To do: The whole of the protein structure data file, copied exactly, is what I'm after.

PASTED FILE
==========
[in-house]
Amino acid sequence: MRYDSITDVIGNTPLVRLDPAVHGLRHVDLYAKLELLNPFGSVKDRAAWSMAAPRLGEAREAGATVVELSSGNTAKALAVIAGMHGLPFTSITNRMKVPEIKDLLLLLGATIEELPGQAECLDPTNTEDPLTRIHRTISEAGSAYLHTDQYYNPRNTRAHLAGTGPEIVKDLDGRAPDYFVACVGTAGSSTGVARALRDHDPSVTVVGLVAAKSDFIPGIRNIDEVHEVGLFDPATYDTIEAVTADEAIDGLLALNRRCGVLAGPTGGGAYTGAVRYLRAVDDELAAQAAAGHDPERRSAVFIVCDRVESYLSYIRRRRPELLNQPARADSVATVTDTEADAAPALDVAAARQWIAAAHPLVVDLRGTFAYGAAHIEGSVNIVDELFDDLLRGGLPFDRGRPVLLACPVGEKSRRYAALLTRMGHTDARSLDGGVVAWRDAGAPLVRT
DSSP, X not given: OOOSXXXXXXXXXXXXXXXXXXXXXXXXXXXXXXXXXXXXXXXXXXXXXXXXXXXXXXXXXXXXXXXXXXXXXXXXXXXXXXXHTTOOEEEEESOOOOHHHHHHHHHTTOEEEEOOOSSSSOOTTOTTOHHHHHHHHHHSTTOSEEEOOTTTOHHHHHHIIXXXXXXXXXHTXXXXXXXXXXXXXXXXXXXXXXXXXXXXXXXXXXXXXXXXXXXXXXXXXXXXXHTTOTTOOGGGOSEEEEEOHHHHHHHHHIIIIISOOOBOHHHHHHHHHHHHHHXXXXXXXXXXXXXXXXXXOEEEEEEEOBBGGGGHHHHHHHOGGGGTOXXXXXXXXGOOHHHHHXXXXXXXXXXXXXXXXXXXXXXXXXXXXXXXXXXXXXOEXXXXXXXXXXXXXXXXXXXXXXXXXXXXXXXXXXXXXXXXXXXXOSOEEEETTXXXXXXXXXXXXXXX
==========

[in-house]
Amino acid sequence: MRYDSITDVIGNTPLVRLDPAVHGLRHVDLYAKLELLNPFGSVKDRAAWSMAAPRLGEAREAGATVVELSSGNTAKALAVIAGMHGLPFTSITNRMKVPEIKDLLLLLGATIEELPGQAECLDPTNTEDPLTRIHRTISEAGSAYLHTDQYYNPRNTRAHLAGTGPEIVKDLDGRAPDYFVACVGTAGSSTGVARALRDHDPSVTVVGLVAAKSDFIPGIRNIDEVHEVGLFDPATYDTIEAVTADEAIDGLLALNRRCGVLAGPTGGGAYTGAVRYLRAVDDELAAQAAAGHDPERRSAVFIVCDRVESYLSYIRRRRPELLNQPARADSVATVTDTEADAAPALDVAAARQWIAAAHPLVVDLRGTFAYGAAHIEGSVNIVDELFDDLLRGGLPFDRGRPVLLACPVGEKSRRYAALLTRMGHTDARSLDGGVVAWRDAGAPLVRT
DSSP, X not given: OOOSXXXXXXXXXXXXXXXXXXXXXXXXXXXXXXXXXXXXXXXXXXXXXXXXXXXXXXXXXXXXXXXXXXXXXXXXXXXXXXXHTTOOEEEEESOOOOHHHHHHHHHTTOEEEEOOOSSSSOOTTOTTOHHHHHHHHHHSTTOSEEEOOTTTOHHHHHHIIXXXXXXXXXHTXXXXXXXXXXXXXXXXXXXXXXXXXXXXXXXXXXXXXXXXXXXXXXXXXXXXXHTTOTTOOGGGOSEEEEEOHHHHHHHHHIIIIISOOOBOHHHHHHHHHHHHHHXXXXXXXXXXXXXXXXXXOEEEEEEEOBBGGGGHHHHHHHOGGGGTOXXXXXXXXGOOHHHHHXXXXXXXXXXXXXXXXXXXXXXXXXXXXXXXXXXXXXOEXXXXXXXXXXXXXXXXXXXXXXXXXXXXXXXXXXXXXXXXXXXXOSOEEEETTXXXXXXXXXXXXXXX